Analysts advise caution as Altria takes stake in Cronos
Big Tobacco’s entry into the Canadian cannabis space is yielding mixed responses from analysts, some of whom are urging investors to view the $2.4-billion investment by Marlboro-maker Altria in licensed cannabis producer Cronos Group with a degree of caution.
“This is a company that outside of cannabis has some severe sentiment against it in terms of execution of its core business,” warned Stuart Rolfe, a special situations analyst with Veritas Investment Research in reference to Altria. “I’m not saying this deal is necessarily negative. I’m just saying exuberance can flip around.”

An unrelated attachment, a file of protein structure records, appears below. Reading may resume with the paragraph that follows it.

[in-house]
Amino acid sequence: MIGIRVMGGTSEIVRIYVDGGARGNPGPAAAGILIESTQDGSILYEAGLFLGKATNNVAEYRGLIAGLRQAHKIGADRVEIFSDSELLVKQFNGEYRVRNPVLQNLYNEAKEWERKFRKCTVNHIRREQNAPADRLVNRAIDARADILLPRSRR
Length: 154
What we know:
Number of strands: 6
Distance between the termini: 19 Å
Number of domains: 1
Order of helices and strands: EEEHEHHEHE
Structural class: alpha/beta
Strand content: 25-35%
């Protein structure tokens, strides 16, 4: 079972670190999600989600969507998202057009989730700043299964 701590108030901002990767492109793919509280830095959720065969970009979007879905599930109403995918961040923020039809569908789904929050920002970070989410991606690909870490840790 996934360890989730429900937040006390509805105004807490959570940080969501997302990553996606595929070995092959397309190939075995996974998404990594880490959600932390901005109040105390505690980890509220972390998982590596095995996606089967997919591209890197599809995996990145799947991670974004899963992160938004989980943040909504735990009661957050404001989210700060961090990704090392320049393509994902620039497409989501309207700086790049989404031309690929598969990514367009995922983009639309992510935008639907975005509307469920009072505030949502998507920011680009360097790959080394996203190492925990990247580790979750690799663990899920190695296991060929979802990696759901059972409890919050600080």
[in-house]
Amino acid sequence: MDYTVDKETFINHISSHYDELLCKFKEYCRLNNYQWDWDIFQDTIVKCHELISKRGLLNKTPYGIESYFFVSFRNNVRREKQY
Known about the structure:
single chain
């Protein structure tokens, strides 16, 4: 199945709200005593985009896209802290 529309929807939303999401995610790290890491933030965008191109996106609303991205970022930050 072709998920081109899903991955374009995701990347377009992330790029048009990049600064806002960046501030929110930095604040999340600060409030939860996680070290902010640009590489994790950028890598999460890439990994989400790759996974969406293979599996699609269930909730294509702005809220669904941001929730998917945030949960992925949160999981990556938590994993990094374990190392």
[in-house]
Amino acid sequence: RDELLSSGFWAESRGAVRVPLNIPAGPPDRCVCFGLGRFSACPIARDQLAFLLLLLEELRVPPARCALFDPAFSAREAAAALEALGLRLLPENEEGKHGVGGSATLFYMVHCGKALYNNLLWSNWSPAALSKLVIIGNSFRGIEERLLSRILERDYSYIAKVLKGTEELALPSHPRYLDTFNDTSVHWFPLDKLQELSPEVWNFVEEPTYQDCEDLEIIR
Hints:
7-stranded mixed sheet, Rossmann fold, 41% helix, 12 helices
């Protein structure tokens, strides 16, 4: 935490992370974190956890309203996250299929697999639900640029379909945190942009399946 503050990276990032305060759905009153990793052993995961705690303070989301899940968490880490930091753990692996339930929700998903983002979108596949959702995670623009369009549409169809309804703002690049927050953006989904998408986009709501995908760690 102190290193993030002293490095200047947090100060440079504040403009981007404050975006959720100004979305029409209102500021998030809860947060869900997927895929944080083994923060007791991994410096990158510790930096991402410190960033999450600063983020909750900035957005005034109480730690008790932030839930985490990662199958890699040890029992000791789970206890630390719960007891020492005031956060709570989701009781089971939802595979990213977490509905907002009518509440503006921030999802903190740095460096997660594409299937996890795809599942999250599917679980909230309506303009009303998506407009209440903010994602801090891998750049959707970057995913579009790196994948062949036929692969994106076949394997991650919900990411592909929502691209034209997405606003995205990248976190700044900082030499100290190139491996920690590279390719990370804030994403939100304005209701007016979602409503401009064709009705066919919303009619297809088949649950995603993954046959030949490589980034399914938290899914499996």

Altria’s 45-per-cent investment in Cronos — with an option of growing its stake to 55 per cent through warrants — sent Cronos’s shares soaring by more than 20 per cent in the first few hours of trading Friday. Altria’s stock had a much more muted response, rising just over one per cent as news of the deal broke. As part of the deal, the Virginia-based tobacco company acquired 146.2 million newly issued shares for $16.25 each, a roughly 15-per-cent premium over Cronos’s closing price Thursday evening. “Altria is very strong in the regulatory side, and understands how to brand in a tightly regulated market, whether in beverages or tobacco. That’s what makes a difference to us, and that’s what’s going to set a precedent,” said Mike Gorenstein, CEO of Cronos Group. “We do think one of the largest categories for the cannabis adult-use market will be vaporizers and that requires technical expertise. We can’t imagine a better partner than Altria on that front.” Altria’s biggest tobacco holdings are Philip Morris USA Inc., U.S. Smokeless Tobacco Company LLC, and John Middleton Co. — all of which sell primarily to the U.S. market. That makes the company more likely to struggle with eroding market share, as it doesn’t have as much market access to the developing world where smoking rates are much higher. This year alone, Altria’s stock lost a quarter of its value. The tobacco company also announced it would be discontinuing two of its e-vaping products, MarkTen and Green Smoke, which were geared toward consumers intent on cutting down cigarette use. “That was interesting to me. They are throwing in some portion of the towel in what should have been a growth area,” said Rolfe.